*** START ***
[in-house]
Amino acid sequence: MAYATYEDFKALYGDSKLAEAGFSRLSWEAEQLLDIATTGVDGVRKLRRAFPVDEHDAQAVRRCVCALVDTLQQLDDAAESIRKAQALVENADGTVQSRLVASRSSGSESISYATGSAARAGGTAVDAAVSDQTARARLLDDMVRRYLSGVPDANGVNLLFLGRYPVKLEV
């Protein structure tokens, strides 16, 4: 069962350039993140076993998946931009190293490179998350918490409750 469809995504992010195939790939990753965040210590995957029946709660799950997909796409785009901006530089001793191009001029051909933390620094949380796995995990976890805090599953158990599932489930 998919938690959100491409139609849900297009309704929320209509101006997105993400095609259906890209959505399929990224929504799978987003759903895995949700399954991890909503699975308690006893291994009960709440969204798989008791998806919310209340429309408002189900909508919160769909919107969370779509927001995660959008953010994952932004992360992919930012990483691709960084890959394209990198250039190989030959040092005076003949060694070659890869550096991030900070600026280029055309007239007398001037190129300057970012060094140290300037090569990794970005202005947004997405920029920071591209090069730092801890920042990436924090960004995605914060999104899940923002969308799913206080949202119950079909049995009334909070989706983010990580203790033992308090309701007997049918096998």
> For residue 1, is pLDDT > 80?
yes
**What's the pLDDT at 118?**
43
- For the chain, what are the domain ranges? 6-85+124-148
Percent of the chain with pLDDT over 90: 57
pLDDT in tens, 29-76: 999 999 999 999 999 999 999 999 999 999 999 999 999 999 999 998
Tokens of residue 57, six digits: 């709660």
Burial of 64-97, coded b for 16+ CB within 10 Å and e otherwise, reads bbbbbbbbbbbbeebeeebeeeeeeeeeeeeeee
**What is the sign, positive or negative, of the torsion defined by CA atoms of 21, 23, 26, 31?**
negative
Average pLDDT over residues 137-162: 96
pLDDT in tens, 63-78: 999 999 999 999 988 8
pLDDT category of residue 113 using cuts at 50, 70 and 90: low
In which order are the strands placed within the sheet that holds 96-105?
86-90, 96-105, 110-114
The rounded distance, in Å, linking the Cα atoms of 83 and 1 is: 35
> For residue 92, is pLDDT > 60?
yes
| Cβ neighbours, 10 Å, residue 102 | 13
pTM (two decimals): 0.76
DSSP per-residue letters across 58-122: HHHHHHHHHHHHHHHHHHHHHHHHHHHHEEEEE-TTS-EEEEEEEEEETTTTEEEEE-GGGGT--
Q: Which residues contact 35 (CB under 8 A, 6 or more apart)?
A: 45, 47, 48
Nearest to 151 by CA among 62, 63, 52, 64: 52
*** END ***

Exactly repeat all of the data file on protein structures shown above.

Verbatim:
[in-house]
Amino acid sequence: MAYATYEDFKALYGDSKLAEAGFSRLSWEAEQLLDIATTGVDGVRKLRRAFPVDEHDAQAVRRCVCALVDTLQQLDDAAESIRKAQALVENADGTVQSRLVASRSSGSESISYATGSAARAGGTAVDAAVSDQTARARLLDDMVRRYLSGVPDANGVNLLFLGRYPVKLEV
């Protein structure tokens, strides 16, 4: 069962350039993140076993998946931009190293490179998350918490409750 469809995504992010195939790939990753965040210590995957029946709660799950997909796409785009901006530089001793191009001029051909933390620094949380796995995990976890805090599953158990599932489930 998919938690959100491409139609849900297009309704929320209509101006997105993400095609259906890209959505399929990224929504799978987003759903895995949700399954991890909503699975308690006893291994009960709440969204798989008791998806919310209340429309408002189900909508919160769909919107969370779509927001995660959008953010994952932004992360992919930012990483691709960084890959394209990198250039190989030959040092005076003949060694070659890869550096991030900070600026280029055309007239007398001037190129300057970012060094140290300037090569990794970005202005947004997405920029920071591209090069730092801890920042990436924090960004995605914060999104899940923002969308799913206080949202119950079909049995009334909070989706983010990580203790033992308090309701007997049918096998």
> For residue 1, is pLDDT > 80?
yes
**What's the pLDDT at 118?**
43
- For the chain, what are the domain ranges? 6-85+124-148
Percent of the chain with pLDDT over 90: 57
pLDDT in tens, 29-76: 999 999 999 999 999 999 999 999 999 999 999 999 999 999 999 998
Tokens of residue 57, six digits: 């709660």
Burial of 64-97, coded b for 16+ CB within 10 Å and e otherwise, reads bbbbbbbbbbbbeebeeebeeeeeeeeeeeeeee
**What is the sign, positive or negative, of the torsion defined by CA atoms of 21, 23, 26, 31?**
negative
Average pLDDT over residues 137-162: 96
pLDDT in tens, 63-78: 999 999 999 999 988 8
pLDDT category of residue 113 using cuts at 50, 70 and 90: low
In which order are the strands placed within the sheet that holds 96-105?
86-90, 96-105, 110-114
The rounded distance, in Å, linking the Cα atoms of 83 and 1 is: 35
> For residue 92, is pLDDT > 60?
yes
| Cβ neighbours, 10 Å, residue 102 | 13
pTM (two decimals): 0.76
DSSP per-residue letters across 58-122: HHHHHHHHHHHHHHHHHHHHHHHHHHHHEEEEE-TTS-EEEEEEEEEETTTTEEEEE-GGGGT--
Q: Which residues contact 35 (CB under 8 A, 6 or more apart)?
A: 45, 47, 48
Nearest to 151 by CA among 62, 63, 52, 64: 52